Onsite, Kay and I talked about Letty Esherick and pulled out the cache of clothes, textile samples, and other materials related to Letty’s own artistic practice that were recently rediscovered in Esherick’s 1956 Workshop Building. Kay was also drawn to the stories of other women who might be seen as being on the periphery of Esherick story: his major patron Helene Fischer, who was instrumental in the early years of his woodworking career; Anne Tyng, whose philosophies undergird the design of Esherick’s 1956 Workshop even if only Esherick and Kahn’s names are on the building; and Miriam Phillips, Esherick’s longtime partner of his later years who lived in the Studio both during and after his lifetime. Onsite, Kay used what she learned about Miriam Phillips to create an object that’s a universal symbol of cohabitation to give her a new sense of belonging in the Studio space. A toothbrush, modeled after period designs from the 1960s, marks Miriam’s continued presence and impact on the narratives we share at WEM, long after her passing.
Even though Colin Pezzano had been to WEM numerous times since first learning about Esherick during his time at the University of the Arts, he expressed a new insight during every conversation he and I had in the Studio together. A longtime Esherick enthusiast – so much so that he carved his own life mask and posed with it in a photograph inspired by a similar image of Esherick! – Colin and I spent a good amount of time discussing Esherick’s work as an illustrator and printmaker, especially the way in which he balanced image and object in his work. This was, in part, because of a current project of Colin’s – Soma, a graphic novel in woodcuts, which is available via the WEM Store – but also because of the way Colin explores the same tensions in the trompe l’oeil objects he creates.
I was lucky enough to visit Colin’s studio in the basement of his home. Together, we discussed what made sense to bring to WEM’s campus. We were not just surrounded by the objects in question, but also by the specter of process: tools in various phases of use, artworks in various stages of completion, and materials that had yet to be transformed into their final iteration. In discussing his process and what it means to integrate life and work in the same space, we moved towards bringing a moment of Colin’s process into Esherick’s finished Dining Room. The objects that visitors see on the table include many kinds of Colin’s tools – from a T-square to an index card to an ipod – recreated meticulously in wood. They are displayed so that we feel as though we’re walking into a moment of process from which the artist – Colin or Wharton – has just slipped away.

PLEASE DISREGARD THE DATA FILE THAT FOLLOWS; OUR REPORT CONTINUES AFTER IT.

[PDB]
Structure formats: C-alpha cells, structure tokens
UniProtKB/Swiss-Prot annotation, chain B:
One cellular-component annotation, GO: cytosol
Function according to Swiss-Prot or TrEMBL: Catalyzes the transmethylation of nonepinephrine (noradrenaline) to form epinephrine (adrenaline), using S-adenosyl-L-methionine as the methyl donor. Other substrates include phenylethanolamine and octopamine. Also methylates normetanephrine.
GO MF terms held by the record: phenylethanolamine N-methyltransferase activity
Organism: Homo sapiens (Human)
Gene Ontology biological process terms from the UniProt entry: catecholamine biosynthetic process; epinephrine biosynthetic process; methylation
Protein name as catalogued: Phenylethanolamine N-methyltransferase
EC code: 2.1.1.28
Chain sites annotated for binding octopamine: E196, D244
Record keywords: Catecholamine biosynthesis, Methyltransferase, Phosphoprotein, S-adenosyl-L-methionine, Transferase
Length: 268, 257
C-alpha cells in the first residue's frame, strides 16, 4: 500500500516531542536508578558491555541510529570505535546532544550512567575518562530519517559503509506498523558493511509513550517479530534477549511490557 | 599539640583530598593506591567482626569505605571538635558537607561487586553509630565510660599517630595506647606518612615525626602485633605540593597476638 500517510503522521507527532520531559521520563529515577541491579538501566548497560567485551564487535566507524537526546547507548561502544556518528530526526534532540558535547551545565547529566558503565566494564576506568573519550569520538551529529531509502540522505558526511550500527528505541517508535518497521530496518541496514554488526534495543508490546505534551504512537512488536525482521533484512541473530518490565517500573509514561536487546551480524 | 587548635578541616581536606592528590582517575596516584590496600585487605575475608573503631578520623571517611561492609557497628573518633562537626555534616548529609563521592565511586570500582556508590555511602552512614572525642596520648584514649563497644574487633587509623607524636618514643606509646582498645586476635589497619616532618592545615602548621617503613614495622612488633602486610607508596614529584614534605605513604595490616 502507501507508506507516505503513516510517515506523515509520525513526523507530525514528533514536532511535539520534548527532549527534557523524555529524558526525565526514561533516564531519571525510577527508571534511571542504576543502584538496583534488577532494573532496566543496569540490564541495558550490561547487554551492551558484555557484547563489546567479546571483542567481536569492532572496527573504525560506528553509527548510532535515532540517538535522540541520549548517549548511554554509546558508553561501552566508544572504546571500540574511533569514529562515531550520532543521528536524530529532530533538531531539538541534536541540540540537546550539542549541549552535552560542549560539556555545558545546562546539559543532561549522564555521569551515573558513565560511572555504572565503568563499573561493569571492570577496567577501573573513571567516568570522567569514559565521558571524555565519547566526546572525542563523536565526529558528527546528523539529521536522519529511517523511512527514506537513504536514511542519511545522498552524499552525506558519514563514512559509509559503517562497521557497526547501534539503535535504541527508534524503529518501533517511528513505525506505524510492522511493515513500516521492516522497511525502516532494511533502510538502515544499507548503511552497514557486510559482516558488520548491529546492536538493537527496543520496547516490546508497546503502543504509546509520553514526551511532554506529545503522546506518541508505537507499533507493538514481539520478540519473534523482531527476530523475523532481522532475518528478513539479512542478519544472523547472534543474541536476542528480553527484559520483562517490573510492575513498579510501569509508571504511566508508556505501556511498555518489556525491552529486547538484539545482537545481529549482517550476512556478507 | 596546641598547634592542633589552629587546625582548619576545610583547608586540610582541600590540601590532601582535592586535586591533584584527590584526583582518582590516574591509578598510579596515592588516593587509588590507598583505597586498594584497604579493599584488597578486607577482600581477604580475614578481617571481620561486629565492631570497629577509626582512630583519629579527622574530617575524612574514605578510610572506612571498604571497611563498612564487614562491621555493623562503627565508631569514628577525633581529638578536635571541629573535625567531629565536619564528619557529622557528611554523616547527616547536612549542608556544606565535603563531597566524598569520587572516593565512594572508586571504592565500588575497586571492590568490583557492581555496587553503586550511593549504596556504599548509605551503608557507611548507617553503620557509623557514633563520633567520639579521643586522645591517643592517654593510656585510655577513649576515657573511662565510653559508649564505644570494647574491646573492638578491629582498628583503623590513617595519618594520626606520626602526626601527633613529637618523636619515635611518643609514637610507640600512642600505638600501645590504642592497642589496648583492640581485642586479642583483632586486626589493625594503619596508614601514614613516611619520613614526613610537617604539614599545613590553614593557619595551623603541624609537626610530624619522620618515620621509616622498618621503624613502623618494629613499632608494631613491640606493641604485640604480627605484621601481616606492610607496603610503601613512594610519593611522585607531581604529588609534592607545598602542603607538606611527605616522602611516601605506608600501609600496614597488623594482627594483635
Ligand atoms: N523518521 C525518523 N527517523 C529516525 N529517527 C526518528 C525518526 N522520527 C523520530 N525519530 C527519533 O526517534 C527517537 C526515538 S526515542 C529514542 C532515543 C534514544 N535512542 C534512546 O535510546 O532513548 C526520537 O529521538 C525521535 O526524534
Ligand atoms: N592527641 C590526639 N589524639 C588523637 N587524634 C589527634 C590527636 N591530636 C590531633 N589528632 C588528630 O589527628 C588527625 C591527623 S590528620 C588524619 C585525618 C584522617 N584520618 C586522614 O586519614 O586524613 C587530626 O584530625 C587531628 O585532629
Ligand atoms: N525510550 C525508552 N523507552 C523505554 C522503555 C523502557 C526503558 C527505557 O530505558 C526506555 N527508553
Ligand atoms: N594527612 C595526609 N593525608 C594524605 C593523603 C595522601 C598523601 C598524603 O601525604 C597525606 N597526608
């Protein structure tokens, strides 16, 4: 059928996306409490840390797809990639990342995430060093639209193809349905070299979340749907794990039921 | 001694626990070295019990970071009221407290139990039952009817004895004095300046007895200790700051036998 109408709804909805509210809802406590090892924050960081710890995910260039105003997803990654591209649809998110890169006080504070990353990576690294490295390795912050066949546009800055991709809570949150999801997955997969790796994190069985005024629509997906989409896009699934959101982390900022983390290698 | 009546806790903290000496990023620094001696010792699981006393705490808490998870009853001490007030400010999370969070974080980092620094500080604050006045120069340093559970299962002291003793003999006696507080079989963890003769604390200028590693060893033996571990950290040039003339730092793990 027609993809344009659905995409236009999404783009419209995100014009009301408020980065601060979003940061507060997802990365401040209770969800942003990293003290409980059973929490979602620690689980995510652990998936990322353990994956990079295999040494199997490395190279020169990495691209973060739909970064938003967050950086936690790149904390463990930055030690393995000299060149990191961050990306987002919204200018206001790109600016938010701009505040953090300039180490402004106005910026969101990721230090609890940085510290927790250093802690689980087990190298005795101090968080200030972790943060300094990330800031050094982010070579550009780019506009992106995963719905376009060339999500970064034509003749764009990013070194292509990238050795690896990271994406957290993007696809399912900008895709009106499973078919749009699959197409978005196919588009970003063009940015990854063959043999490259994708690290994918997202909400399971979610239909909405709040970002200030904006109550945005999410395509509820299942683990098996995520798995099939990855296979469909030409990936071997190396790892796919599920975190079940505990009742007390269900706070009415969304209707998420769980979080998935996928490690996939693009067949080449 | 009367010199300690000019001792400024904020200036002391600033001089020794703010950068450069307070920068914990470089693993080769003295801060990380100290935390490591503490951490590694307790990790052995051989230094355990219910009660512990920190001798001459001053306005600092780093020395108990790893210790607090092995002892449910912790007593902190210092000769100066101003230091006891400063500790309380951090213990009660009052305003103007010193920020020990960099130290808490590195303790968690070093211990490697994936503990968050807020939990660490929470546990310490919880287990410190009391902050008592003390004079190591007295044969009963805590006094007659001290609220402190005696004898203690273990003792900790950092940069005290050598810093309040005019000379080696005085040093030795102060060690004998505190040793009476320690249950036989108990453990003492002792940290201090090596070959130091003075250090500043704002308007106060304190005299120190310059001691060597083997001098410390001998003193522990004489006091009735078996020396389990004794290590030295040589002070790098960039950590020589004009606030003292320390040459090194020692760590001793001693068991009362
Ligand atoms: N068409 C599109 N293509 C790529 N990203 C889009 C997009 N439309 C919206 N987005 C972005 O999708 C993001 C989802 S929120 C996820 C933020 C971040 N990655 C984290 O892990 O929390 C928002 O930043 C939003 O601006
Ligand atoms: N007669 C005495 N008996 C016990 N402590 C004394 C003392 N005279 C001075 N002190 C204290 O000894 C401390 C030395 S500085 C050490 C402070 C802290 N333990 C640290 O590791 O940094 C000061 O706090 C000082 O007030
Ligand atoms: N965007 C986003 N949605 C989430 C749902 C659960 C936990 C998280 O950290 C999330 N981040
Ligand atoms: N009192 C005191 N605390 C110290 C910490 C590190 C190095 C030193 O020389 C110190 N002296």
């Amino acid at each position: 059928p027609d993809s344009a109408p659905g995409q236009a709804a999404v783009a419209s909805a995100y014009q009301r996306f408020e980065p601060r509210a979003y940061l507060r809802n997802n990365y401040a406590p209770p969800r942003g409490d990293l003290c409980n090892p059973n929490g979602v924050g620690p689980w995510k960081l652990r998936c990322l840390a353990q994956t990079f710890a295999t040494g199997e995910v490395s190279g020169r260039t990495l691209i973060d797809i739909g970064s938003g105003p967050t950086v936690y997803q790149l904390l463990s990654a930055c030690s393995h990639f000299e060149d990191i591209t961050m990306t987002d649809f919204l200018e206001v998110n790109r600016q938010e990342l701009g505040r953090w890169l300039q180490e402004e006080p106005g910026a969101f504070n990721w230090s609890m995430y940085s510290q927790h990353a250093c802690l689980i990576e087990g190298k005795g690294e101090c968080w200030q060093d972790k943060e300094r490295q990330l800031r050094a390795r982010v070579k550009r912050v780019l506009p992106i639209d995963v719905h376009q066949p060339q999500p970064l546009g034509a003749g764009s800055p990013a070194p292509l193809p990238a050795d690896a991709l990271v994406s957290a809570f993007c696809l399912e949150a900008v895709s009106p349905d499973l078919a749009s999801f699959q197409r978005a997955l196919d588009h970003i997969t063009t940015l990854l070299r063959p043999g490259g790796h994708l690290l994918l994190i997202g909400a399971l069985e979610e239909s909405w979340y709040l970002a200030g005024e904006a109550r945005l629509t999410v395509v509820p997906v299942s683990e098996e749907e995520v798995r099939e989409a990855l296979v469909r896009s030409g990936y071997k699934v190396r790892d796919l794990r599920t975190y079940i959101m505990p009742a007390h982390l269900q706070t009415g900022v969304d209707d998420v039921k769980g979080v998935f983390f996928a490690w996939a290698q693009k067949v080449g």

Stacey Lee Webber
When artist Stacey Lee Webber visited the museum for the very first time in February 2022, she found a campus in productive disarray: WEM was in the midst of a massive – and necessary! – tree removal project around the studio and workshop. However, arriving on a campus thick with tools, machinery, and people at work didn’t phase Stacey. Not only does Stacey operate her own workshop with multiple practitioners working in support of her vision out of the Globe Dye Works building in Northeast Philadelphia, she has also been exploring the idea and form of tools for years in her own sculptural practice. In fact, seeing chainsaws and heavy machinery onsite that day shaped the conversation that Stacey and I had about her potential contribution to Home as Stage: a chainsaw, constructed entirely out of pennies, that she had begun working on four years prior, but hadn’t had the space or time in her busy schedule to complete.
This was a happy moment of synchronicity. Chainsaw is a part of a series of immaculately crafted penny tools begun in 2008 that started with basic hand tools (hammer, screwdriver) and moved towards more mechanized tools. Our conversation onsite made it clear that the creation of Stacey’s new piece would be inextricably tied to its debut at WEM, and we spent time looking through the evidence of tools and making onsite at the museum (including Esherick’s unconventional handmade bandsaw and his printing press). Stacey’s finished Chainsaw is now on view in the Main Studio, which is styled as a display and living space, even though it’s where Esherick did the majority of his creative work in wood between 1926 and 1956. Bringing her contemporary sculptural tool back into a space in which Esherick built so many important objects feels like a full circle moment.
Intrigued by these behind the scenes stories? We invite you to come see Home as Stage at WEM through December 30, 2022 or spend some time with programs featuring these four artists.
Post written by Emily Zilber, Director of Curatorial Affairs and Strategic Partnerships.